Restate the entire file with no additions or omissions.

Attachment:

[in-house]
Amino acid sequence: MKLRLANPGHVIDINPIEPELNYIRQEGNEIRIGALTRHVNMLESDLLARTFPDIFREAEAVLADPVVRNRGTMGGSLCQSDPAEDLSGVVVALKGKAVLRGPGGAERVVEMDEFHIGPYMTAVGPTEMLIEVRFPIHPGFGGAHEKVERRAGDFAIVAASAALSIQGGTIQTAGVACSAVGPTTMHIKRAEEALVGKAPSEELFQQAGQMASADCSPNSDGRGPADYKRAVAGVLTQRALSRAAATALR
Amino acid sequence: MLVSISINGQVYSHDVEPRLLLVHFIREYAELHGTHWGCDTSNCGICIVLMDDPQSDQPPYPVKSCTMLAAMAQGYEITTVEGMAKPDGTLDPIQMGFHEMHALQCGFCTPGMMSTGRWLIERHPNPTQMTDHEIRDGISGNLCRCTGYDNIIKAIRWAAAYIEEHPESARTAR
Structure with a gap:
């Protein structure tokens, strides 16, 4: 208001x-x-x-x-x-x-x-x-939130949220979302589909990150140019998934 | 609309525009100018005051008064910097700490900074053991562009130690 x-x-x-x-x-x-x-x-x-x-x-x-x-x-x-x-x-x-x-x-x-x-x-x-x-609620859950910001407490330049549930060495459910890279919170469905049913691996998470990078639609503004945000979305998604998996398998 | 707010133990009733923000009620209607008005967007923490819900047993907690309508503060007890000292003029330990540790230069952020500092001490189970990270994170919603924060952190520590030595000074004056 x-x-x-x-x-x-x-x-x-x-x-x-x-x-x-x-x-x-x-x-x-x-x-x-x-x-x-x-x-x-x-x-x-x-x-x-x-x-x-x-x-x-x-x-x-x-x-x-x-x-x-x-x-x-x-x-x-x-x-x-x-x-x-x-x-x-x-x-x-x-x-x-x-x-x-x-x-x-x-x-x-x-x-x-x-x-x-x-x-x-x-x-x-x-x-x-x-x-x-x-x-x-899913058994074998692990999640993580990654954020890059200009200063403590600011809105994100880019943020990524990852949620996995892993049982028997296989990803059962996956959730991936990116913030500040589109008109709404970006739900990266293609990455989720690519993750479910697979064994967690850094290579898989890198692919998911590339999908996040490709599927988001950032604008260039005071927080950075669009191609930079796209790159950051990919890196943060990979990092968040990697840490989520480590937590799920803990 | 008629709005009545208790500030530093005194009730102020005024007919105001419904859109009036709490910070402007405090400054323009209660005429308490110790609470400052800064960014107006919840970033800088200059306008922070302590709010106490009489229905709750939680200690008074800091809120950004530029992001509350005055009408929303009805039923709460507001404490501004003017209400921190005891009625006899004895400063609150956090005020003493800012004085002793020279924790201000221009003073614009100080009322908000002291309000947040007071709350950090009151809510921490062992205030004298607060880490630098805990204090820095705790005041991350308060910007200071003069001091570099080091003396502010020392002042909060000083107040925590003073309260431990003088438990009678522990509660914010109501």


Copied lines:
[in-house]
Amino acid sequence: MKLRLANPGHVIDINPIEPELNYIRQEGNEIRIGALTRHVNMLESDLLARTFPDIFREAEAVLADPVVRNRGTMGGSLCQSDPAEDLSGVVVALKGKAVLRGPGGAERVVEMDEFHIGPYMTAVGPTEMLIEVRFPIHPGFGGAHEKVERRAGDFAIVAASAALSIQGGTIQTAGVACSAVGPTTMHIKRAEEALVGKAPSEELFQQAGQMASADCSPNSDGRGPADYKRAVAGVLTQRALSRAAATALR
Amino acid sequence: MLVSISINGQVYSHDVEPRLLLVHFIREYAELHGTHWGCDTSNCGICIVLMDDPQSDQPPYPVKSCTMLAAMAQGYEITTVEGMAKPDGTLDPIQMGFHEMHALQCGFCTPGMMSTGRWLIERHPNPTQMTDHEIRDGISGNLCRCTGYDNIIKAIRWAAAYIEEHPESARTAR
Structure with a gap:
């Protein structure tokens, strides 16, 4: 208001x-x-x-x-x-x-x-x-939130949220979302589909990150140019998934 | 609309525009100018005051008064910097700490900074053991562009130690 x-x-x-x-x-x-x-x-x-x-x-x-x-x-x-x-x-x-x-x-x-x-x-x-x-609620859950910001407490330049549930060495459910890279919170469905049913691996998470990078639609503004945000979305998604998996398998 | 707010133990009733923000009620209607008005967007923490819900047993907690309508503060007890000292003029330990540790230069952020500092001490189970990270994170919603924060952190520590030595000074004056 x-x-x-x-x-x-x-x-x-x-x-x-x-x-x-x-x-x-x-x-x-x-x-x-x-x-x-x-x-x-x-x-x-x-x-x-x-x-x-x-x-x-x-x-x-x-x-x-x-x-x-x-x-x-x-x-x-x-x-x-x-x-x-x-x-x-x-x-x-x-x-x-x-x-x-x-x-x-x-x-x-x-x-x-x-x-x-x-x-x-x-x-x-x-x-x-x-x-x-x-x-x-899913058994074998692990999640993580990654954020890059200009200063403590600011809105994100880019943020990524990852949620996995892993049982028997296989990803059962996956959730991936990116913030500040589109008109709404970006739900990266293609990455989720690519993750479910697979064994967690850094290579898989890198692919998911590339999908996040490709599927988001950032604008260039005071927080950075669009191609930079796209790159950051990919890196943060990979990092968040990697840490989520480590937590799920803990 | 008629709005009545208790500030530093005194009730102020005024007919105001419904859109009036709490910070402007405090400054323009209660005429308490110790609470400052800064960014107006919840970033800088200059306008922070302590709010106490009489229905709750939680200690008074800091809120950004530029992001509350005055009408929303009805039923709460507001404490501004003017209400921190005891009625006899004895400063609150956090005020003493800012004085002793020279924790201000221009003073614009100080009322908000002291309000947040007071709350950090009151809510921490062992205030004298607060880490630098805990204090820095705790005041991350308060910007200071003069001091570099080091003396502010020392002042909060000083107040925590003073309260431990003088438990009678522990509660914010109501």